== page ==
- The number of persons with functional limitations in activities of daily living is projected to double between 2020 and 2040 and there is also a high prevalence of non-communicable diseases (NCDs)
- Publicly-financed aged care is still very limited while private care does not provide wide coverage either
Employment and income security a particular challenge for women
- The employment gap between men and women is largest between age 50 and 60. Only 17.9 percent of women in this demographic are employed compared to 59.7 percent of men.
- Women make up a larger portion of those self-employed or as unpaid family workers, resulting in less social insurance coverage. At age 54, the average women has an EPF balance of RM177,00 compared to RM233,000 for men.
Fostering productive employment of all workers, including older workers requires policies to stimulate both jobs supply and employment demand. Among the policies that are recommended:
- Enhanced training and lifelong learning that recognizes the specific circumstances of older workers, such as their relatively lower level of education
- Encourage the adoption of age-management strategies by companies
- Regulatory frameworks to facilitate part-time and flexible employment for older workers
- Specific initiatives to improve women’s’ participation in the workforce such as improvements to the quality, affordability and availability of childcare, legal reforms and addressing gender norms and attitudes.
- In the longer term, increasing the minimum retirement age gradually to 65 and thereafter linking it to life expectancy could raise GDP growth by 0.3 percentage points per year.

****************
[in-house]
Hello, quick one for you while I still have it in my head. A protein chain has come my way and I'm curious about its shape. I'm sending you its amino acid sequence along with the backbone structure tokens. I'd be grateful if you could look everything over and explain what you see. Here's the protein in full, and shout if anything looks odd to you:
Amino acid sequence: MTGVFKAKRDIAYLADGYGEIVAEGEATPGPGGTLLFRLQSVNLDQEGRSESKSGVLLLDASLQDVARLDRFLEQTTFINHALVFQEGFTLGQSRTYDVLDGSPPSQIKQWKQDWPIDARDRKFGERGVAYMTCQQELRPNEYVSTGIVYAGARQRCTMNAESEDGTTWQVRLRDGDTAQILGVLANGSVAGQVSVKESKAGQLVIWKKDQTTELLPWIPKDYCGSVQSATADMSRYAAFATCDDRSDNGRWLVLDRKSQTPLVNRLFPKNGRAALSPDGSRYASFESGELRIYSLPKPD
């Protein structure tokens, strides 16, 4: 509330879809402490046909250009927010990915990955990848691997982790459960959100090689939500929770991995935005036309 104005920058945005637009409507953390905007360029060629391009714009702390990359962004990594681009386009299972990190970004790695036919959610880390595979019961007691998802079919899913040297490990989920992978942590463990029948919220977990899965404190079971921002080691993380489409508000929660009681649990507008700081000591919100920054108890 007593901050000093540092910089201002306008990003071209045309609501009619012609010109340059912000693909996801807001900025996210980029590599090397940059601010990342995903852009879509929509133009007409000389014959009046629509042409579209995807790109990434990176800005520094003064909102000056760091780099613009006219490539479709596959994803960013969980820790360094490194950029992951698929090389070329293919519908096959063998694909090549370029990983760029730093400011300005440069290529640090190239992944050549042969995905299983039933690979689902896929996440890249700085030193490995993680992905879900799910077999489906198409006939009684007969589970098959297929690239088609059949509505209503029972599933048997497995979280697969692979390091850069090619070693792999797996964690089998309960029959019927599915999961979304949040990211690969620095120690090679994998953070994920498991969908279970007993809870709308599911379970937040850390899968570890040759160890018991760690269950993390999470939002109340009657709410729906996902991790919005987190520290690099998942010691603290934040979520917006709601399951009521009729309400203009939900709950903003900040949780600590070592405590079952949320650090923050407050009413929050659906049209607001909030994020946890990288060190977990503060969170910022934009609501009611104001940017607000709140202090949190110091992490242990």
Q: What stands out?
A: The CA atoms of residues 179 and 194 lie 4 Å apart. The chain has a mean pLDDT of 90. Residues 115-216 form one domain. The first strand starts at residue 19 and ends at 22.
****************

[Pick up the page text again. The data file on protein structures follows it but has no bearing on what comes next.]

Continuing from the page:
- Targeted, conditional and time-bound wage subsidies could also be piloted to encourage employment of older workers.
Ensuring minimum income protection to all older persons by increasing coverage and adequacy of social insurance schemes including EPF, as well as by introducing a modest, broadly targeted social pension. To accomplish this the following policies can be considered:
- Broadening EPF coverage to cover more self-employed and informal sector workers
- Requiring the registration of all workers to EPF before the granting of business licenses or government contracts
- Increasing the average EPF balances at retirement requires a longer-term approach such as the gradual increase of the minimal EPF withdrawal age to 65 and thereafter linking it to life expectancy. Potentially, the EPF contribution rate could even be reduced once the withdrawal age has been adjusted, and coverage and average balances have increases.
- A tax-financed social pension may, however, be required to ensure coverage of the most vulnerable Malaysians. For instance, a RM350 per month targeted pension for the B40 age over 65 could be rolled out using the existing Bantuan Sara Hidup (BSH) system.
Building an inclusive aged care system supporting private, not-for-profit provision, strengthened governance, and selectively increased public financing. This would require:
- Developing a systemic and actionable aged care strategy
- Improving quality standards of aged care homes
- Streamlining licensing requirements
- Turning public financing towards home and community-based aged care
- Upgrading skills of aged care workers
- Incentivizing market-oriented care provision